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Foreclosures and the Ongoing Wealth Wipeout

David Callahan

The political history of race in America will record the Obama era as a breakthrough moment and a huge step forward. But any economic racial history will tell a nearly opposite story: Under the first black president, African-Americans have lost much of the wealth they built up over previous decades. The main culprit has been an ongoing foreclosure crisis that Washington has done very little to stop, even as it has shoveled trillions in nearly free loans to big banks who have enjoyed record profits. 

This is hardly news for anyone who has kept an eye on data releases by groups like the Pew Research Center, which have shown wealth for households of color falling by over 50 percent as a result of the crash. In fairness to Obama, the wealth wipeout got started before the President took office as the housing market collapsed. 

Less well known, though, is how unrelenting foreclosures have continued to strip African-Americans and Latinos of astonishing amounts of wealth year after year under Obama while the government dithered. 

This is the takeaway of a disturbing new report out by a coalition of groups that includes the Alliance for a Just Society, the New Bottom Line, and the Home Defenders League. Drawing the on latest data, the report finds that the "foreclosure crisis continued to destroy wealth on a large scale in 2012, with $192.6 billion in wealth lost." Community of colors are being hit hardest: "ZIP codes with majority people of color populations saw 17 foreclosures per thousand households with an average of $2,200 in lost wealth per household."

That figure is 70 percent higher than the rate for white communities, and shows the devastating impact of subprime and predatory mortgage lending, which was disproportionately concentrated in non-white neighborhoods. Indeed, ex-employees of large banks like Wells Fargo have exposed how and why they specifically targeted minority homeowners for subprime loans and were financially incentivized to get even home owners with good credit to pay the highest possible rates. I wrote about this here last year, calling it "capitalism at its worst."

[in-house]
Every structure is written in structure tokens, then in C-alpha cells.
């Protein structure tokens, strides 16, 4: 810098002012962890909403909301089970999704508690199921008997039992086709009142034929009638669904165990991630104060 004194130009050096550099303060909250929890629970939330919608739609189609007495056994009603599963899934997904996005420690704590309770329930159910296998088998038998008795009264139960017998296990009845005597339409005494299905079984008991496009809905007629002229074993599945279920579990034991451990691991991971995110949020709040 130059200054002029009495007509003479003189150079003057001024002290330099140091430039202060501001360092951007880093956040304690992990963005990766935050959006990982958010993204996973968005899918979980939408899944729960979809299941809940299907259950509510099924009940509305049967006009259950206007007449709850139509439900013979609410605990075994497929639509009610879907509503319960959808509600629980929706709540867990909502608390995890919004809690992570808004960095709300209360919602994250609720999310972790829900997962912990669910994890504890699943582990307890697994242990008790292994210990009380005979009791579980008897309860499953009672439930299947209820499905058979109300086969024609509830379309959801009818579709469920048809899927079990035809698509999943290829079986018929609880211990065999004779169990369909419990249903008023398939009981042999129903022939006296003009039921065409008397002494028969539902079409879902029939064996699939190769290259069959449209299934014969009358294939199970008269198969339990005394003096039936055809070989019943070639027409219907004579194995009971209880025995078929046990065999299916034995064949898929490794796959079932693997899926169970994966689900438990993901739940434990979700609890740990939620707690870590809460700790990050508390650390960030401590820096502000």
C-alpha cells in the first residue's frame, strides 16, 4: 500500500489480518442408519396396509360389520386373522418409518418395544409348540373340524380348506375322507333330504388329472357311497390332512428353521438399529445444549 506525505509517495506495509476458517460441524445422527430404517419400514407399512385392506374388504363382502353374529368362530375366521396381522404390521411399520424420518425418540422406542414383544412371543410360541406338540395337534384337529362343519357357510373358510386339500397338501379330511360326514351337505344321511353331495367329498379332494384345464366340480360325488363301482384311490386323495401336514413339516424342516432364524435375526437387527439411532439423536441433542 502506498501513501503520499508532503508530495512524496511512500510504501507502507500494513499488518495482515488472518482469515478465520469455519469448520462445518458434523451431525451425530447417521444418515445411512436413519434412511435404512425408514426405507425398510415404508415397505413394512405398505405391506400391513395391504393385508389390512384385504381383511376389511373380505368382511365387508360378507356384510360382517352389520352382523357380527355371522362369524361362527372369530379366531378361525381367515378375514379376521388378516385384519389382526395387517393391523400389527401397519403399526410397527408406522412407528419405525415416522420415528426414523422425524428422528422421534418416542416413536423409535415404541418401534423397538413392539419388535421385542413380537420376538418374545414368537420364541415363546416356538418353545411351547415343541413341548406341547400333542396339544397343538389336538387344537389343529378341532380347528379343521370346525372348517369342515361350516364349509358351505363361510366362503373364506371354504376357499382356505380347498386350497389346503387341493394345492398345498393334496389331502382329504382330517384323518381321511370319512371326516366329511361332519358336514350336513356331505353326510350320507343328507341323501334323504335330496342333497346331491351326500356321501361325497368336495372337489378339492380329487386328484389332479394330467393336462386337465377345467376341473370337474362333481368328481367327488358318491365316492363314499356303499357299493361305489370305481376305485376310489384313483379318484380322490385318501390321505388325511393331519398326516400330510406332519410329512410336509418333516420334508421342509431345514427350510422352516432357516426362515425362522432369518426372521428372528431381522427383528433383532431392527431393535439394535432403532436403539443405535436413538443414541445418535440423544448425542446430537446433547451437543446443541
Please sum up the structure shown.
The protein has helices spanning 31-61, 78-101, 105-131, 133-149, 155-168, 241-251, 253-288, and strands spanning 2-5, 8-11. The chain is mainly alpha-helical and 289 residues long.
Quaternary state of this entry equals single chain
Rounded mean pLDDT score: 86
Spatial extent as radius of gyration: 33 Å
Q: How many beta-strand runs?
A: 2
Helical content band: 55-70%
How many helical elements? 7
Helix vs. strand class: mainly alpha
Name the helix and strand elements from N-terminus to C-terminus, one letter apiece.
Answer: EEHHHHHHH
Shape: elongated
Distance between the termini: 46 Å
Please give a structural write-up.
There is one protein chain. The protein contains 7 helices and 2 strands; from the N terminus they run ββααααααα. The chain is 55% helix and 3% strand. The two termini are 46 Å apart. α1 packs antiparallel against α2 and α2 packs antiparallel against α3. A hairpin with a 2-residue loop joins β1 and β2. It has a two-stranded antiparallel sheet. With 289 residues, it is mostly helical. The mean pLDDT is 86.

The foreclosure crisis shows no sign of abating, with 13 million homes still under water. 

Where has Washington been in all this? It's a sorry story. Just as the federal government did nothing to stop subprime predatory lending as it reached an apex during the Bush years, so too has it done little to bail out homeowners that ended up in trouble. This failure started with TARP, which was supposed to help distressed homeowners as much as banks, but never did -- with top Obama Administration officials obstructing this side of TARP, as revealed by Neil Barofsky's recent book

That failure was compounded by a series of inept homeowner relief programs which have done strikingly little for communities of color. 

But it's not too late to limit the damage, which is ongoing every day as people lose their homes and whatever equity they had in those homes. The report calls for an aggressive strategy of principal reduction for distressed homeowners and other relief efforts at the federal, state, and local level. 

While principal reduction has been seen as political dynamite because of "moral hazard" -- e.g., delinquent homeowners getting help while others do not -- the report shows that everyone benefits from principal reduction. Foreclosures drag down home values, which means all homewoners have less wealth. And excessive mortgage payments leave less walking around money for distressed homeowners who otherwise could be helping to pump up consumer demand and help businesses. 

Beyond all this, there is a broader imperative at stake here: America still owes a huge debt to African-Americans who were locked out of opportunities to create housing wealth for generations thanks to Jim Crow, redlining, deed covenants, and the discriminatory aspects of the FHA and GI Bill. And we owe a debt because we turned a blind eye to predatory lending by banks for years. Now is the time to make amends.